3. ^ Hershko, A.; Ciechanover, A.; Rose, I.A. (1979), "Resolution of the ATP-dependent proteolytic system from reticulocytes: a component that interacts with ATP", Proc. Natl. Acad. Sci. USA, 76 (7): 3107–3110, Bibcode:1979PNAS...76.3107H, doi:10.1073/pnas.76.7.3107, PMC 383772, PMID 290989.
  4. ^ a b c Irwin Rose on Edit this at Wikidata including the Nobel Lecture on December 8, 2004 Ubiquitin at Fox Chase
  5. ^ a b c Chang, Kenneth (2 June 2015). "Irwin A. Rose, Nobel-Winning Biochemist, Dies at 88". New York Times. Retrieved 4 June 2015.
  6. ^ a b Weil, Martin (3 June 2015). "Irwin Rose, who shared 2004 Nobel Prize in chemistry, dies at 88". Washington Post. Retrieved 4 June 2015.
  7. ^ "Selected Awards and Honors to Penn Faculty and Alumni: Nobel Prizes". University of Pennsylvania Website. Archived from the original on 3 November 2013. Retrieved 4 June 2015.
  8. ^ Hershko, A.; Ciechanover, A.; Heller, H.; Haas, A.L.; Rose, I.A. (1980), "Proposed role of ATP in protein breakdown: conjugation of protein with multiple chains of the polypeptide of ATP-dependent proteolysis", Proc. Natl. Acad. Sci. USA, 77 (4): 1783–1786, Bibcode:1980PNAS...77.1783H, doi:10.1073/pnas.77.4.1783, PMC 348591, PMID 6990414.
  9. ^ Vogel, Gretchen (2004), "Nobel Prizes. Gold medal from cellular trash", Science, vol. 306, no. 5695 (published Oct 15, 2004), pp. 400–1, doi:10.1126/science.306.5695.400b, PMID 15486272, S2CID 177309829
  10. ^ Rose, Irwin A.; Grunberg-Manago, Marianne; Korey, Saul R.; Ochoa, Severo (1954). "Enzymatic phosphorylation of acetate". J. Biol. Chem. 211 (2): 737–756. doi:10.1016/S0021-9258(18)71161-7. PMID 13221579.
  11. ^ Rose, Irwin A. (1955). Acetate kinase of bacteria (acetokinase). Methods Enzymol. Vol. 1. pp. 591–595. doi:10.1016/0076-6879(55)01102-6. ISBN 9780121818012.
  12. ^ Rose, Irwin A.; O'Connell, E. L. (1959). "Intramolecular hydrogen transfer in phosphoglucose isomerase reaction". J. Biol. Chem. 236 (12): 3086–3092. doi:10.1016/S0021-9258(18)93975-X. PMID 14493830.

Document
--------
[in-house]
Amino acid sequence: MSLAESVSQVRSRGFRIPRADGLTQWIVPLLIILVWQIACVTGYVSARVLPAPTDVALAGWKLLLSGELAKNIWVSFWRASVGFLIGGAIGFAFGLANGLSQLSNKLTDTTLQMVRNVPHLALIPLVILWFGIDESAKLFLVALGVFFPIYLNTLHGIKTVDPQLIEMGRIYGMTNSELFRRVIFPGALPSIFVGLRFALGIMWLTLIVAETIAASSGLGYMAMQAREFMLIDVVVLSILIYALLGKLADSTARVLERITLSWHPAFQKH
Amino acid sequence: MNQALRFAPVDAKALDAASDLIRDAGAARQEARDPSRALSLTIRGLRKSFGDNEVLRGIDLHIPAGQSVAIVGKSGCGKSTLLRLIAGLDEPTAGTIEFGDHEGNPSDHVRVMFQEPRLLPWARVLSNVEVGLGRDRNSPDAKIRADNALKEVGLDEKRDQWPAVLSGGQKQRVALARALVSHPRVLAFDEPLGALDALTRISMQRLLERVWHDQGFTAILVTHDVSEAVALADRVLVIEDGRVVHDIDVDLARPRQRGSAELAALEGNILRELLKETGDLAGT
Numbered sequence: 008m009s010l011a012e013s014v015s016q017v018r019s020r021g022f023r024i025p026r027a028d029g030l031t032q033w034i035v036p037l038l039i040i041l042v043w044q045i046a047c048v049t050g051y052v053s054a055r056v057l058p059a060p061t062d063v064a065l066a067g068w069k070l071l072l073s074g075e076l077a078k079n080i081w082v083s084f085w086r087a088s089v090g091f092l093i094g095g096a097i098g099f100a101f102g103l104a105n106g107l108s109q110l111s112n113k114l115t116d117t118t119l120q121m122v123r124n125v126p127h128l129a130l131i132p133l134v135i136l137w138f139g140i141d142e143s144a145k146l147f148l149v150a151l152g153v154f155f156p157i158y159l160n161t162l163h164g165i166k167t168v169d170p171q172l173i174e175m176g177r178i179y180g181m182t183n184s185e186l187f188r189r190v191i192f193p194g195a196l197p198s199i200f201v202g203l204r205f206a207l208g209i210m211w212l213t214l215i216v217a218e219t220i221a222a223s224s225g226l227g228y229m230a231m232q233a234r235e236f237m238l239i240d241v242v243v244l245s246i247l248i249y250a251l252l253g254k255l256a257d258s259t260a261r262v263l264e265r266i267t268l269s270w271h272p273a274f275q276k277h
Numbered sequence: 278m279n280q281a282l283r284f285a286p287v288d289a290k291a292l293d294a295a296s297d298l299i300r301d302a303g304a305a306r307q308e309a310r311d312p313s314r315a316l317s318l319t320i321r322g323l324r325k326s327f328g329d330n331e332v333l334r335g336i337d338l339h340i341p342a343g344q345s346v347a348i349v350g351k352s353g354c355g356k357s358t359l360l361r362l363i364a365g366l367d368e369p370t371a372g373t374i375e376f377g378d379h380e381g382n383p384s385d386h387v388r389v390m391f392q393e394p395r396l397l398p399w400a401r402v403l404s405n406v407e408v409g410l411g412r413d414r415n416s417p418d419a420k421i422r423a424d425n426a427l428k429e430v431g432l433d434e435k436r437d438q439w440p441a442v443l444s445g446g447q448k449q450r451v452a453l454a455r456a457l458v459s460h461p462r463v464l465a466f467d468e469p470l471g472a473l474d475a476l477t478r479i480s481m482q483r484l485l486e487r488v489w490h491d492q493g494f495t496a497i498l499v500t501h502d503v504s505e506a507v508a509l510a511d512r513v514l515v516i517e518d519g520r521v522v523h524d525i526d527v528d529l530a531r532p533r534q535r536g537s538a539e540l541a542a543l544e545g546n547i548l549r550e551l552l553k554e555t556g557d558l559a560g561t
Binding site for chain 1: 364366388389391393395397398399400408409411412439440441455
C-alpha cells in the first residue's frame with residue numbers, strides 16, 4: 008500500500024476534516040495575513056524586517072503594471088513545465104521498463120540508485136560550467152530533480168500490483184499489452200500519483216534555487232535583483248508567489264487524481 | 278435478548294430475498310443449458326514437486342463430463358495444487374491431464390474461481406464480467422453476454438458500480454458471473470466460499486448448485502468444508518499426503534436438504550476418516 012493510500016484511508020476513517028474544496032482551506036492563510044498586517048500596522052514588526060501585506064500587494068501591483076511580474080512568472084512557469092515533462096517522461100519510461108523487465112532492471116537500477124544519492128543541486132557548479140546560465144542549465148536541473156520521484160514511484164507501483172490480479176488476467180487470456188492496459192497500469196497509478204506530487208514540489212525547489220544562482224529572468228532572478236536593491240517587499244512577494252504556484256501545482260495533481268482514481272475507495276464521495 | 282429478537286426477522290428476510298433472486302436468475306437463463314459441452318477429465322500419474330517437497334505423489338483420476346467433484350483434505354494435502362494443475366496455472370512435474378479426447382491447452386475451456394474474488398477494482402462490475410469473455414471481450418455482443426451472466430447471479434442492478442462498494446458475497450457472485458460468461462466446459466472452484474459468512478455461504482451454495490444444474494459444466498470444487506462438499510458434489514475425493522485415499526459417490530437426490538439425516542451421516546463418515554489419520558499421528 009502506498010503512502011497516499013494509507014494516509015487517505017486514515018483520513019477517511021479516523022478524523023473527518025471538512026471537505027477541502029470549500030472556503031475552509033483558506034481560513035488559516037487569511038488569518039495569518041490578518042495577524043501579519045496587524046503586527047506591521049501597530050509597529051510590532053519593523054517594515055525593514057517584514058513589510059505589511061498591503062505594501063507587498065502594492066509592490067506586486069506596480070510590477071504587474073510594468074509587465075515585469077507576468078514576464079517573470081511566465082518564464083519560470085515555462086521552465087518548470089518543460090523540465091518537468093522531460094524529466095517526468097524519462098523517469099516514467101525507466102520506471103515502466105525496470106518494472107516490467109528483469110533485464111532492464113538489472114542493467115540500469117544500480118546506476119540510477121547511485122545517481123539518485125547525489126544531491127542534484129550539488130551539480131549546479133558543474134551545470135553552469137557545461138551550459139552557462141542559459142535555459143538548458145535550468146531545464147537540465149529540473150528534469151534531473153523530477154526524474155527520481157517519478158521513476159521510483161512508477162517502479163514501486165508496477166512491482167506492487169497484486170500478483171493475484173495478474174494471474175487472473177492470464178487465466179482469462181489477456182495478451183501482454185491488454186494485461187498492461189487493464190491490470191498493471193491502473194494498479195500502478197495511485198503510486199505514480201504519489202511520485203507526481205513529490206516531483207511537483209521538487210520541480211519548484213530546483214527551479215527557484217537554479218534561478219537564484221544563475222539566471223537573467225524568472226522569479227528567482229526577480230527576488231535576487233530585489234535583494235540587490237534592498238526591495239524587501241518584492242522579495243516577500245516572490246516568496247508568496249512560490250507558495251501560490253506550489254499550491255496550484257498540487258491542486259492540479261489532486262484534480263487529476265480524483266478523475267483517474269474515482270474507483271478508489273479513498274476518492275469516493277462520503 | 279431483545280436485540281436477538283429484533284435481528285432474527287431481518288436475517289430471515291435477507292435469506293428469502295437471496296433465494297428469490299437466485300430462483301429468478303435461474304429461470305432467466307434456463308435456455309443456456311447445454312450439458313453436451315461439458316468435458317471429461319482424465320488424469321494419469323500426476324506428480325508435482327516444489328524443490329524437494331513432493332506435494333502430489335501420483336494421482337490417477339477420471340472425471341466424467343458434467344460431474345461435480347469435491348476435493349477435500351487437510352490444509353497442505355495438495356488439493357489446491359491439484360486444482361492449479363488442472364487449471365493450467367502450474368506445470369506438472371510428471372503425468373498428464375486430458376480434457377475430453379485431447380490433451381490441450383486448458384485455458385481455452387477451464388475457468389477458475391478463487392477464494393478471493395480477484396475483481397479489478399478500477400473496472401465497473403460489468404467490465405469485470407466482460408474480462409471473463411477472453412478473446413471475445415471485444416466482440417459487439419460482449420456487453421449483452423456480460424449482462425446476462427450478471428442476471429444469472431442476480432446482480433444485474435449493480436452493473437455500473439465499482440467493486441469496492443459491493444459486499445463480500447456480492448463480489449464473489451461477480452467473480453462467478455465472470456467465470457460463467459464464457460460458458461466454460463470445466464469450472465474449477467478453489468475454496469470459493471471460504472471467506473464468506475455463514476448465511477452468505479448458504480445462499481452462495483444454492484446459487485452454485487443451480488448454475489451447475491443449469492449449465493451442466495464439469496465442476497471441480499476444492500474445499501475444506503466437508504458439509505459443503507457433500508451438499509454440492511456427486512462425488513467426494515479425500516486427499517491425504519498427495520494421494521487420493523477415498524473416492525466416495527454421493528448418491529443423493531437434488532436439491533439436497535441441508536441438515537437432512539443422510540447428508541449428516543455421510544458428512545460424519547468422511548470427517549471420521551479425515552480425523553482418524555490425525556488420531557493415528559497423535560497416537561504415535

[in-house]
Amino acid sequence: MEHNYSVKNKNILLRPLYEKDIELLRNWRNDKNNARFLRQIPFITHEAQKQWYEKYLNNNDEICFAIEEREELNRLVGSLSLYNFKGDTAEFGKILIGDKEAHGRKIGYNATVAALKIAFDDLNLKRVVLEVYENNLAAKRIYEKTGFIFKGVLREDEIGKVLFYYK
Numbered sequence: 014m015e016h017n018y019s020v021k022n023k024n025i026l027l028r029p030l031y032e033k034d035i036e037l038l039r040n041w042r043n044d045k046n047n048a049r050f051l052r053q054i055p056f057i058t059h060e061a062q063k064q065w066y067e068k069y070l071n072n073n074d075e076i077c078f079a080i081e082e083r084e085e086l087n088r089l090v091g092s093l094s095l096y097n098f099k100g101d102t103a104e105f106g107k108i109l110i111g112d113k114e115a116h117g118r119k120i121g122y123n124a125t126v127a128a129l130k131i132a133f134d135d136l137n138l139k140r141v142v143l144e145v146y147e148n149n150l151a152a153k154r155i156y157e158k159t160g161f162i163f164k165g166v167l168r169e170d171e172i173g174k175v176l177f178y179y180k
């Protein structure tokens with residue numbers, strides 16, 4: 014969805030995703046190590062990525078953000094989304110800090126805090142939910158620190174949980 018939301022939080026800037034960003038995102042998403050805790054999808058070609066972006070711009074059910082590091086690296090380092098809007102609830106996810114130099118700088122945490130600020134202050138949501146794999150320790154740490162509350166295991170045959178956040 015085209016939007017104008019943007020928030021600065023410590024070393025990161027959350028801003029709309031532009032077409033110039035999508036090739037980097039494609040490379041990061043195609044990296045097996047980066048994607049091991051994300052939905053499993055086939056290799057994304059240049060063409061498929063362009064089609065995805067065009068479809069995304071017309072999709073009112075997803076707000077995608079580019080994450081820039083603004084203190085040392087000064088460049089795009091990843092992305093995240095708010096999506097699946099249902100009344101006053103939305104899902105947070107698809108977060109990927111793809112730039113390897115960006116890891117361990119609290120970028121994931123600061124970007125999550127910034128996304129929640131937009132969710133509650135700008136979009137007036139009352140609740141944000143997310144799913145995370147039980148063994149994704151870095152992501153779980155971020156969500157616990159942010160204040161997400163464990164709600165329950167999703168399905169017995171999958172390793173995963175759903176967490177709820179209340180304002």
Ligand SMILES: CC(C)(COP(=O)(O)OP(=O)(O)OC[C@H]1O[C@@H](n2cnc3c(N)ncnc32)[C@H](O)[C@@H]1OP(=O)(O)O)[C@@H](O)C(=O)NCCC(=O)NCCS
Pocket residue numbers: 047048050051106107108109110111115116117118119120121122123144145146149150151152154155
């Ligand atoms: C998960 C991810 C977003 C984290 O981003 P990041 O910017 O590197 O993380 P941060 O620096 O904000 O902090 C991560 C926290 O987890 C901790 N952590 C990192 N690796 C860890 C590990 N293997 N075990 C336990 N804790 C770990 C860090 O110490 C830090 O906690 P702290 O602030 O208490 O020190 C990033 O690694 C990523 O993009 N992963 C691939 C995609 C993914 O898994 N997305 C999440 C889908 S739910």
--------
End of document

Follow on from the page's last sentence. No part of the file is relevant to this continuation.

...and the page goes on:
13. ^ Rose, Irwin A.; Rieder, S. V. (1959). "Mechanism of the triosephosphate isomerase reaction". J. Biol. Chem. 234 (5): 1007–1010. doi:10.1016/S0021-9258(18)98120-2. PMID 13654309.
  14. ^ Rose, I. A.; Warms, J. V. B. (1966). "Mitochondrial hexokinase: Release, rebinding, and location". J. Biol. Chem. 242 (7): 1635–1645. doi:10.1016/S0021-9258(18)96139-9. PMID 4225734.
  15. ^ Rose, I.A. (1968). "State of magnesium in cells as estimated from adenylate kinase equilibrium". Proc. Natl. Acad. Sci. USA. 61 (3): 1079–1086. Bibcode:1968PNAS...61.1079R. doi:10.1073/pnas.61.3.1079. PMC 305438. PMID 5246543.
  16. ^ Hanson, K. R.; Rose, I. A. (1963). "The absolute stereochemical course of citric acid biosynthesis". Proc. Natl. Acad. Sci. USA. 50 (5): 981–988. Bibcode:1963PNAS...50..981H. doi:10.1073/pnas.50.5.981. PMC 221959. PMID 14082366.
  17. ^ Rose, I.A. (1970). "Stereochemistry of pyruvate kinase, pyruvate carboxylase, and malate enzyme reactions". J. Biol. Chem. 245 (22): 6052–6056. doi:10.1016/S0021-9258(18)62662-6. PMID 5484463.
  18. ^ Midelfort, C. F.; Rose, Irwin A. (1976). "Stereochemical method for detection of ATP terminal phosphate transfer in enzymatic reactions: glutamine synthetase". J. Biol. Chem. 251 (19): 5881–5887. doi:10.1016/S0021-9258(17)33034-X. PMID 9406.
  19. ^ Hanson, K. R.; Rose, I. A. (1975). "Interpretations of enzyme reaction stereospecificity". Accounts of Chemical Research. 8 (1): 1–10. doi:10.1021/ar50085a001.
  20. ^ Goldstein G, Scheid M, Hammerling U, Schlesinger DH, Niall HD, Boyse EA (January 1975). "Isolation of a polypeptide that has lymphocyte-differentiating properties and is probably represented universally in living cells". Proceedings of the National Academy of Sciences of the United States of America. 72 (1): 11–5. Bibcode:1975PNAS...72...11G. doi:10.1073/pnas.72.1.11. PMC 432229. PMID 1078892.
  21. ^ Hershko, A; Ciechanover, A; Heller, H; Haas, A L; Rose, I A (1980). "Proposed role of ATP in protein breakdown: conjugation of proteins with multiple chains of the polypeptide of ATP-dependent proteolysis". Proc. Natl. Acad. Sci. USA. 77 (4): 1783–1786. Bibcode:1980PNAS...77.1783H. doi:10.1073/pnas.77.4.1783. PMC 348591. PMID 6990414.
  22. ^ Giles, Jim (2004), "Chemistry Nobel for trio who revealed molecular death-tag", Nature, vol. 431, no. 7010 (published Oct 14, 2004), p. 729, Bibcode:2004Natur.431..729G, doi:10.1038/431729a, PMID 15483574
  23. ^ ABC News. "2004 Nobel Chemistry Winner Irwin Rose Dies at 88". ABC News.